There’s no shortage of Morelle competitors and the list includes at least five downstaters. The front-runners are Assemblymen Carl E. Heastie of the Bronx and Keith L.T. Wright of Harlem. “It’s certainly conceivable that he could be elected,” Schimminger said of Morelle. “And it would be a wonderful thing to have an upstate speaker.”

Morelle has his share of pitfalls and obstacles, of course. First and foremost are his lifelong roots in Irondequoit, a bedroom community outside Rochester, far from the center of power in New York City.

Also, Morelle is viewed as a Silver confidante, a relationship that could prove problematic for Democratic lawmakers, especially newer ones eager to distance themselves from Silver and the allegations of corruption.

In recent days, Morelle has remained, at least physically, at Silver’s side. They have been seen walking through the Capitol together, and Morelle was one of the assemblymen who informed Silver of the internal revolt against him.

On the plus side, Morelle is also close to Gov. Andrew M. Cuomo and can trace his support all the way back to Cuomo’s failed 2002 gubernatorial primary challenge to H. Carl McCall. First elected in 1990, he also has the experience to serve as one of the state’s “three men in a room” who negotiate the state budget.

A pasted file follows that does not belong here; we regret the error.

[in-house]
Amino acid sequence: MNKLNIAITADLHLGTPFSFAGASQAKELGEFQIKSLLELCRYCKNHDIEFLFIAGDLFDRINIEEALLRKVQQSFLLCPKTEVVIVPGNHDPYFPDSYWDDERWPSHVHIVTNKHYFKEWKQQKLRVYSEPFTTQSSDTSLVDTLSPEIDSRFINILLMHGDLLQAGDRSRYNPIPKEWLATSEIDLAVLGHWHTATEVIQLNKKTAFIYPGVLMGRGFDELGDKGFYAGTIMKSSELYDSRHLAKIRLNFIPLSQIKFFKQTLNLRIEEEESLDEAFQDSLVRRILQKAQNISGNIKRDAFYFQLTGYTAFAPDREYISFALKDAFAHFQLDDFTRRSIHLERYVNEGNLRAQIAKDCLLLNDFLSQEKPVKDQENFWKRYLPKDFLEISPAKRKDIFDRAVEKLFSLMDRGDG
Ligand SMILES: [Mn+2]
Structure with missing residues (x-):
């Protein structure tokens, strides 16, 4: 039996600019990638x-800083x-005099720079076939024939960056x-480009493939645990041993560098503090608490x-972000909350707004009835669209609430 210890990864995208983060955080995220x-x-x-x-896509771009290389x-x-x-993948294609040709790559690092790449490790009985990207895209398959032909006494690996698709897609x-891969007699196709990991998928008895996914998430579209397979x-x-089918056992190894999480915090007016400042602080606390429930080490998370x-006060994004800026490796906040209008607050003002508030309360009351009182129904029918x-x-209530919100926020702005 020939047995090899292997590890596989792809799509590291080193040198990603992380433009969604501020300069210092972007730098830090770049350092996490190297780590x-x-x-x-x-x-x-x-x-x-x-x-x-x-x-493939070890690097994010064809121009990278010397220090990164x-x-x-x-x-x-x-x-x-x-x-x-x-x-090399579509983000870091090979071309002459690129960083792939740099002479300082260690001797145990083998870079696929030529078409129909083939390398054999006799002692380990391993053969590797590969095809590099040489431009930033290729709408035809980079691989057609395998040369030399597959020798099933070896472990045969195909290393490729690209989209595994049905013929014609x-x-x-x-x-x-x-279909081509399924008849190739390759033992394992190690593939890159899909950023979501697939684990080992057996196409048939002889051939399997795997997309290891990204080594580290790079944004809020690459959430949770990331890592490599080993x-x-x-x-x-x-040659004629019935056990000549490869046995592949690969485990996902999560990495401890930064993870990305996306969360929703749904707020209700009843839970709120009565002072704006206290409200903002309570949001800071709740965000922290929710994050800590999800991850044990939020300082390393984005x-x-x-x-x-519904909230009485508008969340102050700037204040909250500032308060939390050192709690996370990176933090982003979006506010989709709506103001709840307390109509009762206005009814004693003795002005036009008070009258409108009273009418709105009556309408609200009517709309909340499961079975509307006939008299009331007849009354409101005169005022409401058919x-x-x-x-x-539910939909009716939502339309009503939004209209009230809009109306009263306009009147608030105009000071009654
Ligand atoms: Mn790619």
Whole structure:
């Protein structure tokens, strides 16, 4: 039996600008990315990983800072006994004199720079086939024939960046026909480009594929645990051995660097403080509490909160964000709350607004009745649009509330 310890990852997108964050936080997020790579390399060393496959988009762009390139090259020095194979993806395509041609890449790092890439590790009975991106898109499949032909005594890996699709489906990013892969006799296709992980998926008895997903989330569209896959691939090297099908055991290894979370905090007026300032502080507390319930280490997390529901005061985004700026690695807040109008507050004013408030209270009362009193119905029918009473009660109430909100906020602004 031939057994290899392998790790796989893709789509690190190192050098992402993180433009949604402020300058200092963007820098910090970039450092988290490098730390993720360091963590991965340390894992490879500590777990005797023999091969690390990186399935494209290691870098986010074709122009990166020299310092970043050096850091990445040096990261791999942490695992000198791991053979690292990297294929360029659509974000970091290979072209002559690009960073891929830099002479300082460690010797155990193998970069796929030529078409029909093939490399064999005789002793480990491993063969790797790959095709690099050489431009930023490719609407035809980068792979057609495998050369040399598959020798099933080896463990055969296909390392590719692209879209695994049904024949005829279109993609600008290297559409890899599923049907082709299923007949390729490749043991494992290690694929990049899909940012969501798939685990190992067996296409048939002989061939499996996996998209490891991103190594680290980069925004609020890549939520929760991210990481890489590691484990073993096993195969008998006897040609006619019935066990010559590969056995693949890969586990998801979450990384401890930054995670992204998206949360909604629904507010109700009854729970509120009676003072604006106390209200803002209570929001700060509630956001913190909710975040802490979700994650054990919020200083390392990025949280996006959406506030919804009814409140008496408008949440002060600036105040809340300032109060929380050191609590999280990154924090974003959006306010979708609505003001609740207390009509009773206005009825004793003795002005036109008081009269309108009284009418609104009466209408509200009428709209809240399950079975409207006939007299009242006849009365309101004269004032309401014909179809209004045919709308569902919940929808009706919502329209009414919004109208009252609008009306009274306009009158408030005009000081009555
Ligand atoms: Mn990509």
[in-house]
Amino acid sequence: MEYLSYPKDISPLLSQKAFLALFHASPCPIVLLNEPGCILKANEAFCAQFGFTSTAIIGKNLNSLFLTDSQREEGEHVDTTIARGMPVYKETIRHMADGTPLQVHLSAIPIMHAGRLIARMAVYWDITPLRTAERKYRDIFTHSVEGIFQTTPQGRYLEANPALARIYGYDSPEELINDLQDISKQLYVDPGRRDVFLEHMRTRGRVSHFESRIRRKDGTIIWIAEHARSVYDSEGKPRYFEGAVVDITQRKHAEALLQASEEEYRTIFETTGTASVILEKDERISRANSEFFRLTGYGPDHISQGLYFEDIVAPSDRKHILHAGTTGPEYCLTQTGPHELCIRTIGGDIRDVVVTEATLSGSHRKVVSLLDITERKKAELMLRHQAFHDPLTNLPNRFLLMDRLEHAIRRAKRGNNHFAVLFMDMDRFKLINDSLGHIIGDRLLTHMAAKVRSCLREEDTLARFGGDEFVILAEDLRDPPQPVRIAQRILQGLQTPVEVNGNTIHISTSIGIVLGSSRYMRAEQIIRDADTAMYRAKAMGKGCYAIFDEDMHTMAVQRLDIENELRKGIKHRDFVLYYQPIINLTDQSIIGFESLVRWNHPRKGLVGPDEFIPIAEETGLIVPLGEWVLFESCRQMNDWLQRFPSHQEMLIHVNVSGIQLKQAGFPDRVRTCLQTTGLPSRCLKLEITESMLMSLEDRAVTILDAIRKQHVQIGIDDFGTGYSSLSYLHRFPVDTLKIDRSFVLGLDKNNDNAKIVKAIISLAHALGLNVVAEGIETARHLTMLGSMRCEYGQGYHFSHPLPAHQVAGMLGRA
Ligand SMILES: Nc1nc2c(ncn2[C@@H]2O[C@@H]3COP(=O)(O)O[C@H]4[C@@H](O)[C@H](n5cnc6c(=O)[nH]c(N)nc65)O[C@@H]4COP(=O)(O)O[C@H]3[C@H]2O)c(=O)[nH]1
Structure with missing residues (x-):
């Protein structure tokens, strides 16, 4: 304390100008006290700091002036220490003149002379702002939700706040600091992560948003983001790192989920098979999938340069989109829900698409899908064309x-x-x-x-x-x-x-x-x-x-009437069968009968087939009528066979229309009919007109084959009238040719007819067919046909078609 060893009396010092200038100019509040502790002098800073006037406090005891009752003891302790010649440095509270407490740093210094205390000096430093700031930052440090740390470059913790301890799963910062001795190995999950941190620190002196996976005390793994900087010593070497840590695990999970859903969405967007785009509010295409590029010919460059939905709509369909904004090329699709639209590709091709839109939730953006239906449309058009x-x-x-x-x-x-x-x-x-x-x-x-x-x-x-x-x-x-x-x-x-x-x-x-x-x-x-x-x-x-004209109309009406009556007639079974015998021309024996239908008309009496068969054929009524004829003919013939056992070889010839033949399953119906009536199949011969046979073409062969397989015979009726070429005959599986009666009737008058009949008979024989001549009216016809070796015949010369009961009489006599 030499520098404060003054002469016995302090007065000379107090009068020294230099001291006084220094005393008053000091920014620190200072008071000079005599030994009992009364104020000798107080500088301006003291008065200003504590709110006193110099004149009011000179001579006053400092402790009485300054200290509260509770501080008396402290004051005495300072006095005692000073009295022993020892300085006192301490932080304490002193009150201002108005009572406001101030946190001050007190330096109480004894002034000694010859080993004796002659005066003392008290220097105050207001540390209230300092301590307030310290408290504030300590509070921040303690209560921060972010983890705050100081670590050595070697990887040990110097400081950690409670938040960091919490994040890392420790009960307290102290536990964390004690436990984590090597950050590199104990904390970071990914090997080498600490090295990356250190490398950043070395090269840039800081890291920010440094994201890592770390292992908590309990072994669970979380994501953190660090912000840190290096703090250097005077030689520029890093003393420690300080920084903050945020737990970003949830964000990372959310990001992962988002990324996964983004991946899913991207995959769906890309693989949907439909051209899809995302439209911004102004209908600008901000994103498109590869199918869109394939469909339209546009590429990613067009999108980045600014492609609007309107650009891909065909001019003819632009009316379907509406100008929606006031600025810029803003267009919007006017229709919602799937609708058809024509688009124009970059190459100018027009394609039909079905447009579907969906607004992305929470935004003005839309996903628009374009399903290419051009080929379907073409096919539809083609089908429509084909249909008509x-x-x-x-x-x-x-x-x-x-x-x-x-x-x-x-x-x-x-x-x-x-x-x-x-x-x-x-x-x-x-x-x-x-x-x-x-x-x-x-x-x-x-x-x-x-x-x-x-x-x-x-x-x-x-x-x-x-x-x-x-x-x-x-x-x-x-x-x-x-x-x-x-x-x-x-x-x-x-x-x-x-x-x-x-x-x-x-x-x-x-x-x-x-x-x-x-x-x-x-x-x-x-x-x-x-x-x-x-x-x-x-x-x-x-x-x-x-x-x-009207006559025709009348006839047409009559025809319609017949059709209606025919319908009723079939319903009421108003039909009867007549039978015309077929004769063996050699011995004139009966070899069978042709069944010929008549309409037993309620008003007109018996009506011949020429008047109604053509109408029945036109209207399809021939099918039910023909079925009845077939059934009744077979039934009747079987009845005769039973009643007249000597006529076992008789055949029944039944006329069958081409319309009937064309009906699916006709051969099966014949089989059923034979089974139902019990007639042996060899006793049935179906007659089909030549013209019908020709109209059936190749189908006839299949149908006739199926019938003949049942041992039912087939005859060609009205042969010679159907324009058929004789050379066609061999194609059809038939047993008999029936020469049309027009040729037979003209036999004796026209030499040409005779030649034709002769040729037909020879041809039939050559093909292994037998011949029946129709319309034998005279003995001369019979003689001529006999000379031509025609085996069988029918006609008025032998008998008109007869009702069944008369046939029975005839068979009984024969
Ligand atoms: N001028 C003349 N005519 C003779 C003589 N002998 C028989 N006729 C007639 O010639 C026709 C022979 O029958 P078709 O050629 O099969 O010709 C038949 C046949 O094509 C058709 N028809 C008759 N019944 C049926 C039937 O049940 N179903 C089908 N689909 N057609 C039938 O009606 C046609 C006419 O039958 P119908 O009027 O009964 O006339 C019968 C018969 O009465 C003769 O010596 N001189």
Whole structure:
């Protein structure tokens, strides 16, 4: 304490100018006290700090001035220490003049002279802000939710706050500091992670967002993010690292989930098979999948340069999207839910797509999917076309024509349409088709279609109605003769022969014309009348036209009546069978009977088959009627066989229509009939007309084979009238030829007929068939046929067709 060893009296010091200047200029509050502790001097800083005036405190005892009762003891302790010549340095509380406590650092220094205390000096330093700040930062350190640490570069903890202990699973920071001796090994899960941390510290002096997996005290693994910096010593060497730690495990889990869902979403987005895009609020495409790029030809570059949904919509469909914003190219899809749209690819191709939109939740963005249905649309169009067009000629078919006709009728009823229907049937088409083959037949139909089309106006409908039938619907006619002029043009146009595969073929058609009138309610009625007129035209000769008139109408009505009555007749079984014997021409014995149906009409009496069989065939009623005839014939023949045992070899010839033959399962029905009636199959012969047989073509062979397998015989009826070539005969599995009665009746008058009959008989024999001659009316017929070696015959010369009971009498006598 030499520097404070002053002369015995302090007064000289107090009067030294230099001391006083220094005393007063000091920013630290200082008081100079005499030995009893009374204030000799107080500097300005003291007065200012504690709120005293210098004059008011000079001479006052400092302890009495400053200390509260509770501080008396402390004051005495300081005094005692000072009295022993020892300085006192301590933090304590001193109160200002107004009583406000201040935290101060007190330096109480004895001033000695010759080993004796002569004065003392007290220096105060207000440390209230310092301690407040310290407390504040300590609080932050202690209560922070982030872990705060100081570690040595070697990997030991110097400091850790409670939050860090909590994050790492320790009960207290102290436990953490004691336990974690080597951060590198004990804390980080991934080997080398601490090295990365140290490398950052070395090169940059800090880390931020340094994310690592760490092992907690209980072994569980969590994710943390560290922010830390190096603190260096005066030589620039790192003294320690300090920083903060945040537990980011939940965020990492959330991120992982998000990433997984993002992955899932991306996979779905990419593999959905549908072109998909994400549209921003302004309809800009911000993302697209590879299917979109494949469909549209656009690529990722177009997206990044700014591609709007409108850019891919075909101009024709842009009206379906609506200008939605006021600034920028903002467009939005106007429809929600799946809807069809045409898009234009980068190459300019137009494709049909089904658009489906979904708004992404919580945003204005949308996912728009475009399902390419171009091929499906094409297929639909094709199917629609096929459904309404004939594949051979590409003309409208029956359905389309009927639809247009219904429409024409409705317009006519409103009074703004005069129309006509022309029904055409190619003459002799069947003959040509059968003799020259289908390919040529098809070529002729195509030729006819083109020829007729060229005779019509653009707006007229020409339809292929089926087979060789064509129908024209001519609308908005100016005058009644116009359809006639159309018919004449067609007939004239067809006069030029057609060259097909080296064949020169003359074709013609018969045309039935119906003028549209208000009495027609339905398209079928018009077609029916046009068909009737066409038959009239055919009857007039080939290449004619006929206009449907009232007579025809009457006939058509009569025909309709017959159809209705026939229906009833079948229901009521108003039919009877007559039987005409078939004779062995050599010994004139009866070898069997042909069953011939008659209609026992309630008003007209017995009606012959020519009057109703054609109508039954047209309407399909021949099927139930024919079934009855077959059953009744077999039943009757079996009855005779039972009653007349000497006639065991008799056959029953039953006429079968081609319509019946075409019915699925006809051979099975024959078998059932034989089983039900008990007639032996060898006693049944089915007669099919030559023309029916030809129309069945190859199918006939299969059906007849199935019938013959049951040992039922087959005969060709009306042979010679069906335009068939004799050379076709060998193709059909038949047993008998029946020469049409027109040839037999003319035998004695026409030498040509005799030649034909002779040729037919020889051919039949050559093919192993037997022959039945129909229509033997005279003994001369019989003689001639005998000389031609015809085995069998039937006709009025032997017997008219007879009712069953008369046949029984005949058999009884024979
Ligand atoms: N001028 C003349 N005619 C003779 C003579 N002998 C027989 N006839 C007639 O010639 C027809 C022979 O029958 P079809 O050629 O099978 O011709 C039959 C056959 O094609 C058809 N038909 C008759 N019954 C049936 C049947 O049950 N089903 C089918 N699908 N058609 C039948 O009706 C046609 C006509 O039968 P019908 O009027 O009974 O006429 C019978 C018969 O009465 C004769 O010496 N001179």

“He’s got tremendous leadership skills,” said Assembly Minority Leader Brian M. Kolb, R-Canandaigua.

Kolb and Morelle represent districts from the same region and have had what Kolb describes as a positive, bipartisan working relationship. He also thinks his Democratic colleague, despite the absence of more upstate Democrats, is “even money” to win election as speaker. “The question is whether he or she is able to manage their conference and manage the entire Assembly,” Kolb said of the potential candidates for speaker.

He thinks Morelle, who has been majority leader since 2013, is capable of emerging as the voice of competence and experience, two things the Democrats need as they move forward with the current legislative session. Chief among the tasks facing the Assembly is a new state budget, always a source of great debate among lawmakers.

Tokasz, who campaigned for Morelle when he first ran for the Assembly and shares his love of the St. Louis Cardinals baseball team, thinks Morelle’s ascension to interim speaker is indicative of the Democrats’ confidence in him at this time of crisis.

“You can’t just put things on hold,” he said of the budget and other issues facing the Assembly and Senate. “I think there was a collective understanding among Assembly Democrats that they have to move forward.”

The first step is expected to come Monday when the Assembly adopts a rule changing the time period when a speaker will serve. Under the new rule, the speaker would serve at the pleasure of the Assembly, not a two-year term as it is now.

The new rule also would allow the majority leader, in this case Morelle, to serve on a temporary basis for 90 days if there’s a vacancy in the speakership.